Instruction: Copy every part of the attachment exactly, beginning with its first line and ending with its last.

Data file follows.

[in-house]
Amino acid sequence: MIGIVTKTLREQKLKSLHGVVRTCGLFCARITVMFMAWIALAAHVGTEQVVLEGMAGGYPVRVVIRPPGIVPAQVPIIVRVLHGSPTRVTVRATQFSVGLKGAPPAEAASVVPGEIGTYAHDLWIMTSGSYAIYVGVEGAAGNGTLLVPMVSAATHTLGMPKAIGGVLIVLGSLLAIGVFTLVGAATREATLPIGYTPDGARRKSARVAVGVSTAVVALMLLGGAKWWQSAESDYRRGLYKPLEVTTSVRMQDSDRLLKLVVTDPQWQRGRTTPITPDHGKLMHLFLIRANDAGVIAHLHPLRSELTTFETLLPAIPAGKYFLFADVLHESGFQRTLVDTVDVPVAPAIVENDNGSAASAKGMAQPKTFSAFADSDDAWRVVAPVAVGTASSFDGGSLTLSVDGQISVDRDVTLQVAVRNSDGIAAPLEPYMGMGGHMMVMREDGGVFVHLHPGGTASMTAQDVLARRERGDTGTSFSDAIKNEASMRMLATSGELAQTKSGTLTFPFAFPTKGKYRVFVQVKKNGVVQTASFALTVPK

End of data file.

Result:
[in-house]
Amino acid sequence: MIGIVTKTLREQKLKSLHGVVRTCGLFCARITVMFMAWIALAAHVGTEQVVLEGMAGGYPVRVVIRPPGIVPAQVPIIVRVLHGSPTRVTVRATQFSVGLKGAPPAEAASVVPGEIGTYAHDLWIMTSGSYAIYVGVEGAAGNGTLLVPMVSAATHTLGMPKAIGGVLIVLGSLLAIGVFTLVGAATREATLPIGYTPDGARRKSARVAVGVSTAVVALMLLGGAKWWQSAESDYRRGLYKPLEVTTSVRMQDSDRLLKLVVTDPQWQRGRTTPITPDHGKLMHLFLIRANDAGVIAHLHPLRSELTTFETLLPAIPAGKYFLFADVLHESGFQRTLVDTVDVPVAPAIVENDNGSAASAKGMAQPKTFSAFADSDDAWRVVAPVAVGTASSFDGGSLTLSVDGQISVDRDVTLQVAVRNSDGIAAPLEPYMGMGGHMMVMREDGGVFVHLHPGGTASMTAQDVLARRERGDTGTSFSDAIKNEASMRMLATSGELAQTKSGTLTFPFAFPTKGKYRVFVQVKKNGVVQTASFALTVPK